Pitchfork Review

[Smalltown Supersound; 2010]

Kokning, the title of Bjørn Torske's fourth full-length LP, is a Nordic word that sounds ineffably lewd to American ears. It has no English equivalent, unless there's an obscure English word that means "putting potatoes on to boil, going fishing, and then preparing the fish with the potatoes." The uniquely Scandinavian concept suits the uniquely Scandinavian music. Torske's blend of playful austerity and wistful wonderment can also be found in his Smalltown Supersound compatriots, from diskJokke to Lindstrøm to Kim Hiorthøy. The title also evokes the relaxed, patiently simmering quality of the album, which boils down Torske's long-running fixations upon dub, cosmic disco, house, and Balearic sounds into a highly refined personal style. Sophisticatedly minimal, Kokning improves upon 2007's excellent Feil Knapp by retaining yet streamlining Torske's idiosyncrasies.

To create the album, Torske recorded instrumental parts in various places and then edited them together with rhythm tracks. His sensitivity as a producer makes the album, for all the styles it lightly flits through, an organic room-tone odyssey at heart: alive with inventive sounds and warm with feeling. It opens with three wonderful, ultra-mellow cuts that slide you into Torske's sound-world with zero friction. On the title track, liquidly hypnotic phrases for clean electric guitar weave through shining ambiance, with just a couple of alternating plucks coolly marking time. "Bryggesjau" is a clip-clopping set piece for acid-bright guitar riffs in taut counterpoint, and "Gullfjellet" features rich nylon strings and watery synths, rooted by the calm thump of a kick drum. Besides their appealing sound palettes, the great thing about these tracks is how deliberately they take on definition. By the time the dancier middle run of songs come around, you're deeply immersed.

This middle run is marked by lots of intricate hand percussion, funk progressions, and proggy keyboard swirls, though it retains the light touch and hint of critical distance that characterize the opening tracks. "Slitte Sko" is the sort of casual, chiming beat workout that Arthur Russell liked to cook up, and "Bergensere" calls Prins Thomas to mind with its arch yet passionate funk. As the album progresses, Torske gets more unleashed, slathering "Nitten Nitti" with a goofy-fun vocal synth arpeggio and framing stylized dub reggae with monster-party samples on "Versjon Wolfenstein". After the more focused songs preceding it, the 12-minute closing epic "Furu" is a bit long-winded for my tastes, but at least it feels earned. It also makes me feel Torske is naturally inclined to stretching out-- even his short pieces here have a sense of endless range-- which makes his restraint elsewhere all the more admirable. His shorter tracks have a diorama-like sense of compact but vivid detail, and the merest gestures make big impacts. Unflashy and muted, Torske gets less props than some of his peers. With any justice, Kokning will correct this slight.

— Brian Howe, December 7, 2010


Yellow Green Red review

Bjørn Torske Kokning CD (Smalltown Supersound)

Has the grey cloud of fearful discontent not yet reached Norway? I thought that’s where black metal started? While most of the rest of the electronic music population is either wallowing in a dark, gothy pessimism or too heavily medicated to be depressed, some of these Smalltown Supersound acts, like Lindstrøm and Bjørn Torske, seem to live in a world where everyone gets along, no one is sick, and Michael Jackson never died. I don’t understand it, but I’m not complaining, either - Kokning is a fun escape to a soft and squishy world of clear skies littered with rainbows, as if Katamari Damacy’s landscapes were real. Something like “Gullfjellet” is perfect for watching morning dew drip from your petunias, or holding a cup of hot chocolate under your nose, thanks to its repetitive guitar arpeggios and persistent groove. Think Jim O’Rourke on an Ambien trip inspired by Yo Gabba Gabba and Richard Schneider Jr’s Dream-like Land. “Langt Fra Afrika” changes the pace, adding a little Macarena to your daily dance routine, and “Bergensere” is an adorable cut of modern disco. Probably too happy and G-rated of a krauty dance record to garner many frequent spins in my household, but that might change after the arrival of my first child gets me thinking about my own mortality.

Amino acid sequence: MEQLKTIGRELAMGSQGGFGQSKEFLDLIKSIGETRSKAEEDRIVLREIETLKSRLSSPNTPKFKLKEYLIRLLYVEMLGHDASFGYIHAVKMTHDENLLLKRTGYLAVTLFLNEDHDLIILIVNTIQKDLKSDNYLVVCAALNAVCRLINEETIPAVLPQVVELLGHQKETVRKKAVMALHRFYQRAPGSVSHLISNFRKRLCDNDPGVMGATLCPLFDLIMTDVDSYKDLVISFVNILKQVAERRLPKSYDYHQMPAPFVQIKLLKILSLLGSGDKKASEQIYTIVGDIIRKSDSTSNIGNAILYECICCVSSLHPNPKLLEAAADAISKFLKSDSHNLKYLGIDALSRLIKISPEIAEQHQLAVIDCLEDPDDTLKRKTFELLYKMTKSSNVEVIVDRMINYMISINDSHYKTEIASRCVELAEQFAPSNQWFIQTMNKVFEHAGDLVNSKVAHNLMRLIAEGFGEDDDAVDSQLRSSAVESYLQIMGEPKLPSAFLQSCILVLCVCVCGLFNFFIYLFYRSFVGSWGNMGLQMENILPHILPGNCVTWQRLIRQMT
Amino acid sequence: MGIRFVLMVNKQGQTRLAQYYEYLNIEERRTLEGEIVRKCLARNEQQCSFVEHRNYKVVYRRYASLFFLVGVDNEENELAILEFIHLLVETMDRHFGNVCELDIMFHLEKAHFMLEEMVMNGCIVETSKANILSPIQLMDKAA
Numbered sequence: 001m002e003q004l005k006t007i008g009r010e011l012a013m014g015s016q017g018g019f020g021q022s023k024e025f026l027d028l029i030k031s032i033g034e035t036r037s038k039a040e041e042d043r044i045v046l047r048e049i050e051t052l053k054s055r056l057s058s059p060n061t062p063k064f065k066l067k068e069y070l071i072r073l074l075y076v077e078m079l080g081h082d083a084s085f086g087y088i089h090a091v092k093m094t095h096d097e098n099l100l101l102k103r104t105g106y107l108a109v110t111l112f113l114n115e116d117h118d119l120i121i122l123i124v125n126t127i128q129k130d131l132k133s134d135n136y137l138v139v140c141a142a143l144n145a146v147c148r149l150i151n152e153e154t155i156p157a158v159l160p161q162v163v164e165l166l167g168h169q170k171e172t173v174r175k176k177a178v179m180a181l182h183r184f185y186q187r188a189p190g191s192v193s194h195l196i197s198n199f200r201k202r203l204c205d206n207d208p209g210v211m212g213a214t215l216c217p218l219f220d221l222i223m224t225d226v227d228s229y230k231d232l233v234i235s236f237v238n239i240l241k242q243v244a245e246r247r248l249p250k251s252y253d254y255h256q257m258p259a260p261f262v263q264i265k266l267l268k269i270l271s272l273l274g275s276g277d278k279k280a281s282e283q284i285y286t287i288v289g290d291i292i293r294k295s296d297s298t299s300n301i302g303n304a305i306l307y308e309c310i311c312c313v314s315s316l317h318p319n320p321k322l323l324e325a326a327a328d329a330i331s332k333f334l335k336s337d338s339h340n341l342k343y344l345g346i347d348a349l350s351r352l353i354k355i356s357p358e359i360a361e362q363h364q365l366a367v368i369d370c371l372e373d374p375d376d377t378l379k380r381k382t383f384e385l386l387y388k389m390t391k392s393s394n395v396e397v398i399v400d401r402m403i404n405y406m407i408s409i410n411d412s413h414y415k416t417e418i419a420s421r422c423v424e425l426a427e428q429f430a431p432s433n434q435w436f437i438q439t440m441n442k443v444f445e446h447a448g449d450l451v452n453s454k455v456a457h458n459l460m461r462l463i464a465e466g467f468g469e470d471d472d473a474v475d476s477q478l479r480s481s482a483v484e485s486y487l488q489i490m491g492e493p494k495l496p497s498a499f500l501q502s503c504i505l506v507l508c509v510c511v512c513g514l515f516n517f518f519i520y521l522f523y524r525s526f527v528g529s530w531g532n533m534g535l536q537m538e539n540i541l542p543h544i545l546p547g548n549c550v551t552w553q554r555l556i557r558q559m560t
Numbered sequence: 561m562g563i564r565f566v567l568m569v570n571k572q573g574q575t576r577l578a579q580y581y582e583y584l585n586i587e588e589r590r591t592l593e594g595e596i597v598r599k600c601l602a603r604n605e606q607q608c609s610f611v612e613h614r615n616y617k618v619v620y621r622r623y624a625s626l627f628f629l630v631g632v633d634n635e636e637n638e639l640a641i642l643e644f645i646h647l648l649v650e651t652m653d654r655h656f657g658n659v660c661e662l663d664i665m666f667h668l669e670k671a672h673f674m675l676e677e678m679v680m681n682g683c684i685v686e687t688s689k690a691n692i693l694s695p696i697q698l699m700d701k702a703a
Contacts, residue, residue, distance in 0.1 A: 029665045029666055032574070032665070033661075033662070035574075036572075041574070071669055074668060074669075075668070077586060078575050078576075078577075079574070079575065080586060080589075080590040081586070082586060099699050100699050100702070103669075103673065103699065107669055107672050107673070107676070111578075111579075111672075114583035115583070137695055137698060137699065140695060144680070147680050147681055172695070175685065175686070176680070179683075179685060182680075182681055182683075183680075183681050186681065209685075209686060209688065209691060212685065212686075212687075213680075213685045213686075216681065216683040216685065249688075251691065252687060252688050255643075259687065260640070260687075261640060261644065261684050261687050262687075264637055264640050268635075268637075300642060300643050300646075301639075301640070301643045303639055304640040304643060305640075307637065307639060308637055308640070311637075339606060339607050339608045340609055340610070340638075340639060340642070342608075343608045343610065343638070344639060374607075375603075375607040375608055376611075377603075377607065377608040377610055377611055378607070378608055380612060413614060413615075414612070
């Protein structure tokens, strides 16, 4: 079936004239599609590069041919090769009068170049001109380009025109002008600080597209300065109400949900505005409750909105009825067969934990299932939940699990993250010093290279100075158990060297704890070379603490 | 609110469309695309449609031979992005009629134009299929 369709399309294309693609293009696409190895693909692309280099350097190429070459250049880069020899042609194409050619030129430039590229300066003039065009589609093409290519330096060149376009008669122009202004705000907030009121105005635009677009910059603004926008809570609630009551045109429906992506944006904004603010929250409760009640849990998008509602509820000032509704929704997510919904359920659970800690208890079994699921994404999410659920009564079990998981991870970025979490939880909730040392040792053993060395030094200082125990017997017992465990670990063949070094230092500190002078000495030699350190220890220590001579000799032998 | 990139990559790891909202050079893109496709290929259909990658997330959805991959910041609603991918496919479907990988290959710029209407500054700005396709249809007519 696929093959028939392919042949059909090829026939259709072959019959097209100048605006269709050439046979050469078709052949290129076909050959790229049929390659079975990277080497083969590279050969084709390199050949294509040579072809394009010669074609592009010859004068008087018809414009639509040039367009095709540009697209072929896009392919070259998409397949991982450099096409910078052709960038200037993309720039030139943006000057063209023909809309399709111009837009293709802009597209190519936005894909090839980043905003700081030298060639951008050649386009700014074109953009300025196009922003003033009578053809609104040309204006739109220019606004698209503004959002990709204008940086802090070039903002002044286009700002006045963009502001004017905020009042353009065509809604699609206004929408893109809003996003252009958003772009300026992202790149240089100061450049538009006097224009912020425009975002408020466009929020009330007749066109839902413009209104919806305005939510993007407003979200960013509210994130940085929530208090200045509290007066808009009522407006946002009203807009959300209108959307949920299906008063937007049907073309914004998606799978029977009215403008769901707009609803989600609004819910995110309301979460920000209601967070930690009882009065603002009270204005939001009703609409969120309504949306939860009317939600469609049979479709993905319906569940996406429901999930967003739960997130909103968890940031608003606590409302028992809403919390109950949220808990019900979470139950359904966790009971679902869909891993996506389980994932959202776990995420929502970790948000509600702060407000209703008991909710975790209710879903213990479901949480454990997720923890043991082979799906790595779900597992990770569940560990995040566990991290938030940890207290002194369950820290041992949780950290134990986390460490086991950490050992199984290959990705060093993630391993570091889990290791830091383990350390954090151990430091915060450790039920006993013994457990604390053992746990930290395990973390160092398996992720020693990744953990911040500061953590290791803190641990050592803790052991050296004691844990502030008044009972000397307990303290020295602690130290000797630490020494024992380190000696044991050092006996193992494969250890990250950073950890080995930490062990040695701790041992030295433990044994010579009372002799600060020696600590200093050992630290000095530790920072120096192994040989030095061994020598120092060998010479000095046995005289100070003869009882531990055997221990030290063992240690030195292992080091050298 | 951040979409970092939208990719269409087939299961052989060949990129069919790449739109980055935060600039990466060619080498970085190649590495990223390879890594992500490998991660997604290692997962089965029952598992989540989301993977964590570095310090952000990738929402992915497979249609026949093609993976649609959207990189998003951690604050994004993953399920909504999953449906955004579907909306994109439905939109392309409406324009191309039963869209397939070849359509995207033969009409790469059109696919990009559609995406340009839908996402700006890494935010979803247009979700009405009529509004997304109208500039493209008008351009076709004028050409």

Friendship Bracelet Blog post

Here's "Bergensere," a total sweaty disco rager from Norway's Bjørn Torske. His new album Kokning dropped yesterday on Smalltown Supersound. It's already sold out at their online store, which is a bummer, but you can check that download and another below. Go find the record in shops.

P.S. Feel sort of terrible I hadn't heard of Torske before this album. He's been putting out records since 1998 so I have some backtracking to do.


Metromix "Bands We Like Profile"

Who: Hailing from Tromso, the small Norwegian city that also gave the world Röyksopp, Bjørn Torske started out as a house DJ and producer who helped create an eclectic style called “skranglehouse” (which sounds way less cool in its rough translation, “rattle house”). His albums, of which this is his fourth, have increasingly taken his sound in a mellower but more expansive direction, with fewer four-on-the-floor beats and more acoustic instrumentation.

What they’re saying: “…boils down Torske's long-running fixations upon dub, cosmic disco, house, and Balearic sounds into a highly refined personal style.” – Pitchfork

What we’re saying: Torske still knows how to get feet shuffling, but on “Kokning,” danceable tracks like the very Itali disco “Bergensere” are the payoffs to more meditative moments like “Gullfjellet,” seven minutes of gorgeously interwoven guitar strums, bass throbs and synth blips. Don’t let the unpronounceable Norwegian names of Torske’s tunes scare you off—his blissed-out soundscapes work in any language.